Andre Dupuis of East Hampton, a distinguished psychiatrist and medical researcher, skilled organist and pianist, and devoted gardener, died on June 19 at Southampton Hospital of cardiopulmonary arrest. He was 75 years old.
Dr. Dupuis was born in Joliette, Quebec, Canada, on May 28, 1937, to Olaus Dupuis and the former Exerina Malo. At the age of 11 he played the organ at the Joliette Cathedral. He continued playing throughout his life for the sheer joy of it, friends said, including filling in for regular organists on Sundays at churches around the South Fork, most recently at St. Mary’s Episcopal Church on Shelter Island, where he played the organ two days before he died.
At age 16, Dr. Dupuis won a performance prize at the Interlochen Music Camp in Michigan, and performed Beethoven piano concertos on tour with the National Symphony Orchestra. He was the organist at the College of Joliette while pursuing his undergraduate degree. He chose psychiatry as a profession, and graduated cum laude from the University of Montreal School of Medicine in 1962.
Dr. Dupuis moved to New York that year and became immersed in the cultural life of the city while completing his residency at Mount Sinai Hospital. In the late 1960s he served as a major in the Army Reserve as director of mental hygiene at Fort Leavenworth in Kansas.
Dr. Dupuis returned to New York City in 1971 to establish a successful private psychiatric practice, along with other professional and musical activities. He enjoyed accompanying young singers and hosting musical events in his home. After his partner, Ken Kroft, died of an AIDs-related illness, Dr. Dupuis established in 1989 the Ken Kroft Children’s Fund for piano instruction.
A diabetic since the age of 35, Dr. Dupuis did published research on the development of self-managed diabetes control and its psychological responses. He provided adolescent psychiatric services for the community youth program at Mount Sinai, and was director of the geriatric psychiatry program at the Manhattan Psychiatric Center of New York University Medical Center. He was also a psychiatrist at the Manhattan Psychiatric Center, the Payne Whitney Clinic, the Rockefeller University Hospital, and New York Hospital-Cornell Medical College. He taught at the Cornell University College of Medicine and the Mount Sinai School of Medicine.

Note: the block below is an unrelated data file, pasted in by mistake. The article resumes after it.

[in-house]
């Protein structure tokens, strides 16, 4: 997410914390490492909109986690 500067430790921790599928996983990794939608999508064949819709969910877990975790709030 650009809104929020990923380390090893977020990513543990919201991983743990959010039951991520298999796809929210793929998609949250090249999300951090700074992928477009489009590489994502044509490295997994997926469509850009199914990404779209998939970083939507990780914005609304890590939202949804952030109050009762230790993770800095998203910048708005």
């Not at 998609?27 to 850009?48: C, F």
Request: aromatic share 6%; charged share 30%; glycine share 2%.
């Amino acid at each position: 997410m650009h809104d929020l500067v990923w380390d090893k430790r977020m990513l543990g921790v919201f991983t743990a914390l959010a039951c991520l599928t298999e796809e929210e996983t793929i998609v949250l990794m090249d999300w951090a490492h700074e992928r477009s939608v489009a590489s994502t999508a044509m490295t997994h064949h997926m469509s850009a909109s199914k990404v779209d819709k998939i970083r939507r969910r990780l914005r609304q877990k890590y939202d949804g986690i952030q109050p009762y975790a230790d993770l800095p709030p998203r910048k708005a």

Dr. Dupuis belonged to the American Psychiatric Association and the Greater Long Island Psychiatric Society. A part-time resident of East Hampton since 1984, he moved here full time in the late 1990s and became the consulting psychiatrist for the Family Service League at its East Hampton clinic. He was a charter subscriber to the Bridgehampton Chamber Music Festival and never missed a season.
Dr. Dupuis is survived by his niece, Francine Lavallee of Vaudreuil-Dorian, Quebec, and by many friends and associates in Manhattan and on the South Fork who “cherish his love of people and his devotion to his craft and the arts,” friends wrote. He was cremated. A small ceremony will be held later in the summer.
Contributions in his name can be made to Opera Index at operaindexinc.org, the William Alanson White Institute’s program for lesbian, gay, bisexual, and transgender clinical services at wawhite.org, or the Association of Gay and Lesbian Psychiatrists at aglp.org.